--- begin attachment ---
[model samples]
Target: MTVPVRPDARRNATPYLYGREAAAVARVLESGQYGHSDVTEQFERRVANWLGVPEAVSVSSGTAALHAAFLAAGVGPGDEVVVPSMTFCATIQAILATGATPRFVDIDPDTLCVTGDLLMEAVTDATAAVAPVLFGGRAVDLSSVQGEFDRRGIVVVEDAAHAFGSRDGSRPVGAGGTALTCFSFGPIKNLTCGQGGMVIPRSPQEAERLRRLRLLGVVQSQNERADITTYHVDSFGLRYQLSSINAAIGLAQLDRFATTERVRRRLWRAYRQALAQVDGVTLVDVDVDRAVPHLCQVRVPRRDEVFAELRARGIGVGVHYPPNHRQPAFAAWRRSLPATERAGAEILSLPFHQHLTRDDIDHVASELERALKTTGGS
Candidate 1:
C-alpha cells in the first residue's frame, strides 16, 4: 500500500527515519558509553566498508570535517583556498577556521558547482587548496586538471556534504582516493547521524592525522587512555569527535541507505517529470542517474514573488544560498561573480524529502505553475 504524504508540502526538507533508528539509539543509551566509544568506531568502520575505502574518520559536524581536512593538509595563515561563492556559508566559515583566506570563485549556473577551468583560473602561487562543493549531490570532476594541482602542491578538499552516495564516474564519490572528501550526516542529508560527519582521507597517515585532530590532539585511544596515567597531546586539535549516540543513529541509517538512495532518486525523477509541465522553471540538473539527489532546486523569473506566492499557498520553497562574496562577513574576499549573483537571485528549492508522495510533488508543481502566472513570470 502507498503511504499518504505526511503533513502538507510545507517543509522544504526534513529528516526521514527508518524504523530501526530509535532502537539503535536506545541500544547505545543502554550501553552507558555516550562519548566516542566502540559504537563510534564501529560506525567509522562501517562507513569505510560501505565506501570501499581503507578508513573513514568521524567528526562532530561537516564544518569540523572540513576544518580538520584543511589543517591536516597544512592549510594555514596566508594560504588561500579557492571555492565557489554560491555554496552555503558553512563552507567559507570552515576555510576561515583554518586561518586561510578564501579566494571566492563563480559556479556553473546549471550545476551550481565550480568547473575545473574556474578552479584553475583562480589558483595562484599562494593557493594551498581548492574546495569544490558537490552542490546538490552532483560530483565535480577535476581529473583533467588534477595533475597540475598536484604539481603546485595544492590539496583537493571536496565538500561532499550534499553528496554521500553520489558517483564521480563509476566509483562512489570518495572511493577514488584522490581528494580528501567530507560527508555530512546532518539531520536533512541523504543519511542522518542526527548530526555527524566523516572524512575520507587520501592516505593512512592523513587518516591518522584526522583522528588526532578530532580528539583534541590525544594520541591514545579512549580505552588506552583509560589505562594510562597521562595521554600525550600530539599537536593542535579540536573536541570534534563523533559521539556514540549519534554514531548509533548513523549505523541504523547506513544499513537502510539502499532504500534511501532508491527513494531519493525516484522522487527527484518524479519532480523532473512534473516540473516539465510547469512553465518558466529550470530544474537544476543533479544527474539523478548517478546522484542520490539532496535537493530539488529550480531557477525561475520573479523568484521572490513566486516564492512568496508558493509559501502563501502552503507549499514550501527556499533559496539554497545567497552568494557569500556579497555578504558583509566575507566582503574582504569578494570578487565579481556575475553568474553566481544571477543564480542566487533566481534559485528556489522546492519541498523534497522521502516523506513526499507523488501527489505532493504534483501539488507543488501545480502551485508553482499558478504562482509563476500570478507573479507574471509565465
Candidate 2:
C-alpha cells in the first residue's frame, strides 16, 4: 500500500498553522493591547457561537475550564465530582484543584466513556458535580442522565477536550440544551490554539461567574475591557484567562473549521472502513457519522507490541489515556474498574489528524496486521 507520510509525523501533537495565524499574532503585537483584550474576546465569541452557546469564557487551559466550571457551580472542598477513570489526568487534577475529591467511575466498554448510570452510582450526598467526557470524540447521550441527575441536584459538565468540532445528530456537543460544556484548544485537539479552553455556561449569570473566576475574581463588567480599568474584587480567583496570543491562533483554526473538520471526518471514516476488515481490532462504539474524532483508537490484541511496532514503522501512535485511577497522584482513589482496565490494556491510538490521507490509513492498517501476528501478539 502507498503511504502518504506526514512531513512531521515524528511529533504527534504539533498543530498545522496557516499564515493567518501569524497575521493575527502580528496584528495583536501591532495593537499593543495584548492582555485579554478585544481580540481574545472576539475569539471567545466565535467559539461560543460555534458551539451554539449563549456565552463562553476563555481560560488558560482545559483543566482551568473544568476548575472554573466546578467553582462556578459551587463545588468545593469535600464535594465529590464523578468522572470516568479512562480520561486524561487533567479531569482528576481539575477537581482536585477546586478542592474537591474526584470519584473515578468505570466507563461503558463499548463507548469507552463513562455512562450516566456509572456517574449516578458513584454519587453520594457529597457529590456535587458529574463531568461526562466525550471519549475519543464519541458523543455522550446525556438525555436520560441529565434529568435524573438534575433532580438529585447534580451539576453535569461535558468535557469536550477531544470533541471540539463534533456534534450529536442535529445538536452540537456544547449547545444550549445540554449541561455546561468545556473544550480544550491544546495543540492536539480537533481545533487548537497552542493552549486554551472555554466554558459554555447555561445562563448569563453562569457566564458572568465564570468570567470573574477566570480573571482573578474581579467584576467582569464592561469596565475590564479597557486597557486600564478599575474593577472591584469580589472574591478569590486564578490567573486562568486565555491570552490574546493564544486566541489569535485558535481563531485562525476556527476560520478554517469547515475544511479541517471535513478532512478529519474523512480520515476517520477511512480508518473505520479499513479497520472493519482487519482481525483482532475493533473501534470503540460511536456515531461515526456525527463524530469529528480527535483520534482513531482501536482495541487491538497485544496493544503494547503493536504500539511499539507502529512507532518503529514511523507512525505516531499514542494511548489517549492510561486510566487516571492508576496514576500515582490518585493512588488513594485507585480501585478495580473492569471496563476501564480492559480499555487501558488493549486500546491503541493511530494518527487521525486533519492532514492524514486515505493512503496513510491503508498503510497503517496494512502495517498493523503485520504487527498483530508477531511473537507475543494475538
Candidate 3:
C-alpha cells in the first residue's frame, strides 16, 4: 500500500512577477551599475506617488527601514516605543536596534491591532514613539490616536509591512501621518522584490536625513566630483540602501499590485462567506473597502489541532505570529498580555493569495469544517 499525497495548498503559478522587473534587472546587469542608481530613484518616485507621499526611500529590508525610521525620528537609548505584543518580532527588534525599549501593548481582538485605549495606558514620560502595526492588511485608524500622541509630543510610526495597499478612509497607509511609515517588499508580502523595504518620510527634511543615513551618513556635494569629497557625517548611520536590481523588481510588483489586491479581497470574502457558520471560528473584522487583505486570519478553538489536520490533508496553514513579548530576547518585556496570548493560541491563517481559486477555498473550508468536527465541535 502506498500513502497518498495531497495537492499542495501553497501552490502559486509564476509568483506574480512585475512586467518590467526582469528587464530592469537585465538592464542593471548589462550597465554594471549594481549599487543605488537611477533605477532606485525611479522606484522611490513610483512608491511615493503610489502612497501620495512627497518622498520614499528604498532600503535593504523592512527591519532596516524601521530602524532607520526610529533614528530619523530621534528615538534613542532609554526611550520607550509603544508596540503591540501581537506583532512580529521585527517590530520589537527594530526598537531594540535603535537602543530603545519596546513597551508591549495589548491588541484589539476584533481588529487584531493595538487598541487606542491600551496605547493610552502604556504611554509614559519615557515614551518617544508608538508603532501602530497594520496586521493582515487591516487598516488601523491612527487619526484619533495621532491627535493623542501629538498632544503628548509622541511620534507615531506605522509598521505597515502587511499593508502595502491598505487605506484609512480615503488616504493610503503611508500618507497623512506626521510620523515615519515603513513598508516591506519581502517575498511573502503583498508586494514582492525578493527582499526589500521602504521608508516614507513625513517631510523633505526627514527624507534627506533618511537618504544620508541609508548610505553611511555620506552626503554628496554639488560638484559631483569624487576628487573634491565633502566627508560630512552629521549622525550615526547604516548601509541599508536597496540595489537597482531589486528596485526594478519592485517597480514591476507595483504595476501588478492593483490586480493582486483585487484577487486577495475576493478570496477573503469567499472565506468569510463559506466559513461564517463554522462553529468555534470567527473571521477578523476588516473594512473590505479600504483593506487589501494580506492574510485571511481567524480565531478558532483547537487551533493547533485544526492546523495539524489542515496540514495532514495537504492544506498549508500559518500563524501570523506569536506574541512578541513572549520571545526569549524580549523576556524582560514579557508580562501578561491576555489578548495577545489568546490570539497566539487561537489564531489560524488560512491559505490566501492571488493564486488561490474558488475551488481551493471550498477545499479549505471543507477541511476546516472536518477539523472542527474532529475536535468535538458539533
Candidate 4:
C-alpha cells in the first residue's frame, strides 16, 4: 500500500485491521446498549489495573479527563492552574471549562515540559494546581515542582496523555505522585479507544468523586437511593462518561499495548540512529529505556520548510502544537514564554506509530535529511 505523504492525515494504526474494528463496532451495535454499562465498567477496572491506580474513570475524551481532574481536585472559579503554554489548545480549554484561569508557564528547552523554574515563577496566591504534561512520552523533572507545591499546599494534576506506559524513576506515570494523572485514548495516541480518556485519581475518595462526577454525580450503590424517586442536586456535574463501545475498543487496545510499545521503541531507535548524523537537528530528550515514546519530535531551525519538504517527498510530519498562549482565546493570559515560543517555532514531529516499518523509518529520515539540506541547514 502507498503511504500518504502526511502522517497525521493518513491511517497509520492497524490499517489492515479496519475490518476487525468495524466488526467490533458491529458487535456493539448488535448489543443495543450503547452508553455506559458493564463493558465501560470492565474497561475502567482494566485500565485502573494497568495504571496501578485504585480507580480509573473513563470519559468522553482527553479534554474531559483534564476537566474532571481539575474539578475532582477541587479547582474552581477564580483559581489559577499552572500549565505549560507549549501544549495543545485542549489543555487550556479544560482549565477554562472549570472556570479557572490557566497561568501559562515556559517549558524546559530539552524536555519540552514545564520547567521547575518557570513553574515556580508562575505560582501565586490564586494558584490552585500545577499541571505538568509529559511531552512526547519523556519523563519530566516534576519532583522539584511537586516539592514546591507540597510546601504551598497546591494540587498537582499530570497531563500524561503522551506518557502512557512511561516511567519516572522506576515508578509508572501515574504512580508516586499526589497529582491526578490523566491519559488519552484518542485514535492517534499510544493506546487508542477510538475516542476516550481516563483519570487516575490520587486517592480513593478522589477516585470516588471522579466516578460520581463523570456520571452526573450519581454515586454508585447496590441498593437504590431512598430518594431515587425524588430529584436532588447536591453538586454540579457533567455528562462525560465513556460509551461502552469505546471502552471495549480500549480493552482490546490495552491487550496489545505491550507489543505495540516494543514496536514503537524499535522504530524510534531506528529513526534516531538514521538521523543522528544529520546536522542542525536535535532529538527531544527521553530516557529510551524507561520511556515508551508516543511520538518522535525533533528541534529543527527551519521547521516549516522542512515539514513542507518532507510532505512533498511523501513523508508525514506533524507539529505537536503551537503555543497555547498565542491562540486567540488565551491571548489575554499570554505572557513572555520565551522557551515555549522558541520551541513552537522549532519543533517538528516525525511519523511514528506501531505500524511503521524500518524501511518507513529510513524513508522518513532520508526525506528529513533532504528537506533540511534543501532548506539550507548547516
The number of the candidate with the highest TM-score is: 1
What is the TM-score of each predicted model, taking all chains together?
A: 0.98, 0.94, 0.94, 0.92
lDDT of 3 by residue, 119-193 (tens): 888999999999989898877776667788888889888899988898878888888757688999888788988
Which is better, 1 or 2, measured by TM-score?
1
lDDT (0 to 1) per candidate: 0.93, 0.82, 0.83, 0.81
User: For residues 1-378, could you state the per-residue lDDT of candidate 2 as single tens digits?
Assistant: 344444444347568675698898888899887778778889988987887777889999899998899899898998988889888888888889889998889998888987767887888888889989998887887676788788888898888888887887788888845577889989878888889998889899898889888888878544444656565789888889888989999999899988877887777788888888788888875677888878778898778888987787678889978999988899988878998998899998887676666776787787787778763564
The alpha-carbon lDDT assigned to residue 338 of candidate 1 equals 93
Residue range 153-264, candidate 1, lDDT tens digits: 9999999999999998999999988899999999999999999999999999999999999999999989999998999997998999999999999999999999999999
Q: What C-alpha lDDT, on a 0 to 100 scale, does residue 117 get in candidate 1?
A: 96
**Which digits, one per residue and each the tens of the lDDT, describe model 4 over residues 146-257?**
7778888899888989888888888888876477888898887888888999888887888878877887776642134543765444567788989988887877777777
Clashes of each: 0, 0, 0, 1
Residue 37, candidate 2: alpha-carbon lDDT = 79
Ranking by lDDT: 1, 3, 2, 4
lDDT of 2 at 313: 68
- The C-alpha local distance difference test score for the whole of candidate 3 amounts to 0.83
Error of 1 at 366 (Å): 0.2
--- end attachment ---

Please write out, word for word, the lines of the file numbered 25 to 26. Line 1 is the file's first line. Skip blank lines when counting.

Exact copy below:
7778888899888989888888888888876477888898887888888999888887888878877887776642134543765444567788989988887877777777
Clashes of each: 0, 0, 0, 1